“Do you mean, your mother’s dead?” Emily nodded her head in response. Her whole being was still spellbound, but something about the man made Emily feel nostalgic. It was strange to Emily, why she felt this way towards this man. A strange feeling inside of Emily’s head radiated towards the man in front of her. It made her feel comfortable, which is what allowed Emily to speak her mind.

“Mommy can’t make it to dinner anymore. Daddy will be all alone. She can’t eat with us.” Emily’s voice was cold; devoid of any emotion. The man couldn’t look at her in the face while she talked, it was too wrenching.  “If mommy can’t make it back home, then she can’t read me bed time stories anymore. She can’t pet my head, she can’t tell me how much she loves me.” Suddenly, tears began welling up in Emily’s eyes. It seemed almost unnatural. The man couldn’t sit just listening, he rummaged in his bag, until his hands wrapped around a wooden texture.

“Your mother might not be around anymore, but you still have your father. I wonder, have you ever heard of an annulment?” Emily shook her head. The man brought out the wooden rectangular box from his bag. Upon lifting the lid, a soft tune began filling the air. It was a simple melody, designed for putting children to sleep; a lullaby. As the notes rifted in Emily’s ears, a wave of nostalgia crashed onto her. The melody was all too similar for Emily, and her eyes  widened with color. Her arms began trembling, and she dropped to her knees. The tears in her eyes fell, but the sensation was no other. To Emily, it felt as if it was her first time crying.

“This melody…A friend gave it to me a long time ago. I carry it with me as a cruel joke.”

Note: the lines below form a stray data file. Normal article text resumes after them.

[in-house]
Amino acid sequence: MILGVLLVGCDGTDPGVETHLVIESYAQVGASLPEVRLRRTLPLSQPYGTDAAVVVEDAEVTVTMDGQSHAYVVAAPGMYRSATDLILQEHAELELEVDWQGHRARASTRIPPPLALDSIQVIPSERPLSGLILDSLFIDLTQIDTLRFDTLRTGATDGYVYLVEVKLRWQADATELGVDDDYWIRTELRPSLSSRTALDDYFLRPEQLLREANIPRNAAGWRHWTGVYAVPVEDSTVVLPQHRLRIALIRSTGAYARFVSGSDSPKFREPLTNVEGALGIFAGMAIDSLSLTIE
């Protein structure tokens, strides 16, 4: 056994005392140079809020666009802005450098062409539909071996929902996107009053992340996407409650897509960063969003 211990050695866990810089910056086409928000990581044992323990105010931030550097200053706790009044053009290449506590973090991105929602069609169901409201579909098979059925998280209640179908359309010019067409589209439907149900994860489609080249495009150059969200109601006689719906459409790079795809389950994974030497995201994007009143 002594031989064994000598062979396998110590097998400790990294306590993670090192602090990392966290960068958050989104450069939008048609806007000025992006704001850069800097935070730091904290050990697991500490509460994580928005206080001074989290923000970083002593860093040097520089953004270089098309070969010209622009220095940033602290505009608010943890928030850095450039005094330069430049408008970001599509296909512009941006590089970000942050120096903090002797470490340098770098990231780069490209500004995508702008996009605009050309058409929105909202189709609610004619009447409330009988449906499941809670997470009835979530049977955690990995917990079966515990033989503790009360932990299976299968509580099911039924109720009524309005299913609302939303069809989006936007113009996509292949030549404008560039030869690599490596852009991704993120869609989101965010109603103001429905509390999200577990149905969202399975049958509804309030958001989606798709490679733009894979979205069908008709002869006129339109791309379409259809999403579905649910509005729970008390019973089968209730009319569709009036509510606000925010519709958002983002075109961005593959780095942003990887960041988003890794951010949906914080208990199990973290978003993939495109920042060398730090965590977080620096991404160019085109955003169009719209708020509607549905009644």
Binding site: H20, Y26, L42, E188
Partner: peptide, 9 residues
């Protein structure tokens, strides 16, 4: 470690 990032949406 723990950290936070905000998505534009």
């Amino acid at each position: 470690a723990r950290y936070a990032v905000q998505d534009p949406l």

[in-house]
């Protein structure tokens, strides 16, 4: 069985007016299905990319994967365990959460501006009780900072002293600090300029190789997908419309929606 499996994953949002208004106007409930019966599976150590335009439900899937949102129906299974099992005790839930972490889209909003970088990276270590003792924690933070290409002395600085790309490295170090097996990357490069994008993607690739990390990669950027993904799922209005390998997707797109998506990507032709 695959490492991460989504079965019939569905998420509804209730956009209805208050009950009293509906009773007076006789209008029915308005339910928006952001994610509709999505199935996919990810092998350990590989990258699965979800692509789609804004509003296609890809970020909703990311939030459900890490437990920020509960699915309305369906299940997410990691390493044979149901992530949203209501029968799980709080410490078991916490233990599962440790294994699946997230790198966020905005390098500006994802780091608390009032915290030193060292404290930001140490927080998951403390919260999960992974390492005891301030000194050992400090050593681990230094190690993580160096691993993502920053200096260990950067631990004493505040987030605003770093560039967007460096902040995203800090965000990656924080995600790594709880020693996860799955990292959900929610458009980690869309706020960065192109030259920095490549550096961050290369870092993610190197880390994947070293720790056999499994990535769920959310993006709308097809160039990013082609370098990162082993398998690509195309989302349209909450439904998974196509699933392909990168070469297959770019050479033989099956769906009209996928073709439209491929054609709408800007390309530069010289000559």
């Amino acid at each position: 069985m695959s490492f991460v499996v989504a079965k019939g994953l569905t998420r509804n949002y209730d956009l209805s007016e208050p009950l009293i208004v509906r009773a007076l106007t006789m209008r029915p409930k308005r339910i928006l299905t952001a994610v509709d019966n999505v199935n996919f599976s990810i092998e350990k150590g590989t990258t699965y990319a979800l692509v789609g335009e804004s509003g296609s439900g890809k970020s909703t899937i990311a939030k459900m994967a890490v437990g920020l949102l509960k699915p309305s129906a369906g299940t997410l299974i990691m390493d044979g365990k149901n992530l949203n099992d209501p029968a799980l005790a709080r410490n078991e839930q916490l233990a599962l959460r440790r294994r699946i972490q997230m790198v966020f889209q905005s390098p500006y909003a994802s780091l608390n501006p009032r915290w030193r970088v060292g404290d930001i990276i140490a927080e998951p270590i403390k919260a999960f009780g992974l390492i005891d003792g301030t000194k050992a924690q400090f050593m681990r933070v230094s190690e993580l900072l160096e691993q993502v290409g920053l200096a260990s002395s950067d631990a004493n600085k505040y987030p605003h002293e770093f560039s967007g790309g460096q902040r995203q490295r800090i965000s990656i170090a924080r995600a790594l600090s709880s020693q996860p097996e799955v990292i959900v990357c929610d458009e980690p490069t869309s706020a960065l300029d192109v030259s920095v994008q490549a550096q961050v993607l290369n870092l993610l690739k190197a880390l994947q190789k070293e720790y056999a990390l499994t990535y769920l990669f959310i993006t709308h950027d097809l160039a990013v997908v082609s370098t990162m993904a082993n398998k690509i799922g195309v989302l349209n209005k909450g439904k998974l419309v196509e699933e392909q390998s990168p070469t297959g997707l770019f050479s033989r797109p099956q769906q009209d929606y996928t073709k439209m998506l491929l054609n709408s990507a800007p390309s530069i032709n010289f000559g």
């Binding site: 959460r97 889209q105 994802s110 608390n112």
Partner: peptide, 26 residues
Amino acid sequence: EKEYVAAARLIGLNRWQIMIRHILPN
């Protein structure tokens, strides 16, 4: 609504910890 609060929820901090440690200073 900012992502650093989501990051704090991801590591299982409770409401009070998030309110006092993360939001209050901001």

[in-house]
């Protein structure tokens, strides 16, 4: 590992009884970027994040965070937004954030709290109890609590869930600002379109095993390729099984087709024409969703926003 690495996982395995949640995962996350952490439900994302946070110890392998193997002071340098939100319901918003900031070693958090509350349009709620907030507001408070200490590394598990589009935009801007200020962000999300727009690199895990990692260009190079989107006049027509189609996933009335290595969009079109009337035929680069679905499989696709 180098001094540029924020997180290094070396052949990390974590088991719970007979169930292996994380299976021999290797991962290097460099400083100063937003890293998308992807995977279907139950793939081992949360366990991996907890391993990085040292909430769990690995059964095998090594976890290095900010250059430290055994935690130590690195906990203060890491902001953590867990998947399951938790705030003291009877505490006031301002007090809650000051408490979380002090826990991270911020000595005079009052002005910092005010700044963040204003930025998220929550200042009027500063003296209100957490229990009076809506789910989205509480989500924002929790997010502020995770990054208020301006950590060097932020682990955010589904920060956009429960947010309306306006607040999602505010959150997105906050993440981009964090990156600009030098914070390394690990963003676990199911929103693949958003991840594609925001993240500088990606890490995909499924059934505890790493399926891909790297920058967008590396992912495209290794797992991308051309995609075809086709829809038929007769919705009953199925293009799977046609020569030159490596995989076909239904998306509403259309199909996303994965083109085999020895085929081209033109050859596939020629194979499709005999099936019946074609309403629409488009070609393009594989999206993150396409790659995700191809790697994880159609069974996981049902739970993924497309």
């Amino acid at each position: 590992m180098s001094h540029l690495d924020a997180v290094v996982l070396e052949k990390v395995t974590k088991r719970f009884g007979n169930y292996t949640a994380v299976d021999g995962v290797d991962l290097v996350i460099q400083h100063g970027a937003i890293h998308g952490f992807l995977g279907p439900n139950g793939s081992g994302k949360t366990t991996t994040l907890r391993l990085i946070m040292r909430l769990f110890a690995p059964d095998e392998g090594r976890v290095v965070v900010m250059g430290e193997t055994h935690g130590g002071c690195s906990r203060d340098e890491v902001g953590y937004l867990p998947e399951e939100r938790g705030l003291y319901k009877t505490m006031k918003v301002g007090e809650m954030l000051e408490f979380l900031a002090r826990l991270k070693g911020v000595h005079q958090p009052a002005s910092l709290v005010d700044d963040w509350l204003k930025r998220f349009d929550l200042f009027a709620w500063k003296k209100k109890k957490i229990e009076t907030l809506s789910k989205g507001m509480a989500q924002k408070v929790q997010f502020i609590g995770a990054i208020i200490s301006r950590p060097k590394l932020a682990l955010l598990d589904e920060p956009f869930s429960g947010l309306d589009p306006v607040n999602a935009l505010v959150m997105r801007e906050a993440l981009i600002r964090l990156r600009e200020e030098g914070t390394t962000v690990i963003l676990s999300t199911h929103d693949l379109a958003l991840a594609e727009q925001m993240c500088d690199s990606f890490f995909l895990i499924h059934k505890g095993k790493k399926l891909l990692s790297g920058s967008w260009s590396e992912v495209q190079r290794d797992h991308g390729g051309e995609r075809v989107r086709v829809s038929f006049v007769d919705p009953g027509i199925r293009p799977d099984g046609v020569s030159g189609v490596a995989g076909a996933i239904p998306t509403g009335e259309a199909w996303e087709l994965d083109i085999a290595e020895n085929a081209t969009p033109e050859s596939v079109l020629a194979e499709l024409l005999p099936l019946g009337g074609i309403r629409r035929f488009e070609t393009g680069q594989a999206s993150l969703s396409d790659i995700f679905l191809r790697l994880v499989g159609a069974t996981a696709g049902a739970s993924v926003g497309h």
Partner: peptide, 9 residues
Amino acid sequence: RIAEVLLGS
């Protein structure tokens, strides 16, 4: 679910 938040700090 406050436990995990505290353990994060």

“My mommy used to hum this when I had trouble falling asleep. It feels like she’s here with me.”

“I’m sure she is. I’m sure she’s watching over you.” The man handed Emily the music box. Her hands were still slightly shaken up, but she was still able to grasp onto the object.

“Are you sure mister? Isn’t this yours?”

“It’s not that important. Besides, I think the owner of that music box, would have liked you to have it anyway.” The man then got up and began walking in the opposite direction that Emily came from. Emily wiped her tears away, and stared at the music box; it’s melody long faded. She closed the lid of the box, and began winding it. Once open, the melody filled the air, and gave Emily the same warmth that her mother had. She remained frozen within the music’s grasp, unknowing to all around her, ignoring even her worried father’s distant calls. In the instant that the music box played it’s slow melody, Emily felt that the world she knew might be alright after all. It was a strange feeling for Emily. She couldn’t find the right word to describe the feeling inside of a person when everything in the world felt right. Though she had it now.